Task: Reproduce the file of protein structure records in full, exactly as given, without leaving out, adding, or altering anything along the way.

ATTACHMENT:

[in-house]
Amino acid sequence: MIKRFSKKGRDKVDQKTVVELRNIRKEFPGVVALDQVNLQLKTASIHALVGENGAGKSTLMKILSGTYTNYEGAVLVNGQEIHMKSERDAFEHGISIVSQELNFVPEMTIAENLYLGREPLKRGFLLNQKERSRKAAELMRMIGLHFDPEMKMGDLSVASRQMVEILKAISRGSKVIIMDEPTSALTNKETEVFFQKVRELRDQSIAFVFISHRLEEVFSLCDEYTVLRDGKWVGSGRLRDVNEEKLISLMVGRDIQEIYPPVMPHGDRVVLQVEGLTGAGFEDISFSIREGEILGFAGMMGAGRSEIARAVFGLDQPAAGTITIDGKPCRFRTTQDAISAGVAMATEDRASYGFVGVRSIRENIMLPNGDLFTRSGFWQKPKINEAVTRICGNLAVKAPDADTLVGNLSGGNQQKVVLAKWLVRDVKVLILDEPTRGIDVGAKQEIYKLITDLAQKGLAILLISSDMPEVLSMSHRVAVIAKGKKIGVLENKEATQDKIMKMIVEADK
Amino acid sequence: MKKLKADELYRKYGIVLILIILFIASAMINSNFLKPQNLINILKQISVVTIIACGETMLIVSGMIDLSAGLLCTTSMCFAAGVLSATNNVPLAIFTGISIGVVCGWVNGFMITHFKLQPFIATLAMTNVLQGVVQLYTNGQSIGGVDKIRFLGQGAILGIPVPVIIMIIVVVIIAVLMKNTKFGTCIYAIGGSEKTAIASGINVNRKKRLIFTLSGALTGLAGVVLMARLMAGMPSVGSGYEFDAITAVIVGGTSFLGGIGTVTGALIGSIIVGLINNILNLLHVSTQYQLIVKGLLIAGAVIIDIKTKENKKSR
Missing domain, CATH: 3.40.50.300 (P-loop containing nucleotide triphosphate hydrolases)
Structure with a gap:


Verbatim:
[in-house]
Amino acid sequence: MIKRFSKKGRDKVDQKTVVELRNIRKEFPGVVALDQVNLQLKTASIHALVGENGAGKSTLMKILSGTYTNYEGAVLVNGQEIHMKSERDAFEHGISIVSQELNFVPEMTIAENLYLGREPLKRGFLLNQKERSRKAAELMRMIGLHFDPEMKMGDLSVASRQMVEILKAISRGSKVIIMDEPTSALTNKETEVFFQKVRELRDQSIAFVFISHRLEEVFSLCDEYTVLRDGKWVGSGRLRDVNEEKLISLMVGRDIQEIYPPVMPHGDRVVLQVEGLTGAGFEDISFSIREGEILGFAGMMGAGRSEIARAVFGLDQPAAGTITIDGKPCRFRTTQDAISAGVAMATEDRASYGFVGVRSIRENIMLPNGDLFTRSGFWQKPKINEAVTRICGNLAVKAPDADTLVGNLSGGNQQKVVLAKWLVRDVKVLILDEPTRGIDVGAKQEIYKLITDLAQKGLAILLISSDMPEVLSMSHRVAVIAKGKKIGVLENKEATQDKIMKMIVEADK
Amino acid sequence: MKKLKADELYRKYGIVLILIILFIASAMINSNFLKPQNLINILKQISVVTIIACGETMLIVSGMIDLSAGLLCTTSMCFAAGVLSATNNVPLAIFTGISIGVVCGWVNGFMITHFKLQPFIATLAMTNVLQGVVQLYTNGQSIGGVDKIRFLGQGAILGIPVPVIIMIIVVVIIAVLMKNTKFGTCIYAIGGSEKTAIASGINVNRKKRLIFTLSGALTGLAGVVLMARLMAGMPSVGSGYEFDAITAVIVGGTSFLGGIGTVTGALIGSIIVGLINNILNLLHVSTQYQLIVKGLLIAGAVIIDIKTKENKKSR
Missing domain, CATH: 3.40.50.300 (P-loop containing nucleotide triphosphate hydrolases)
Structure with a gap: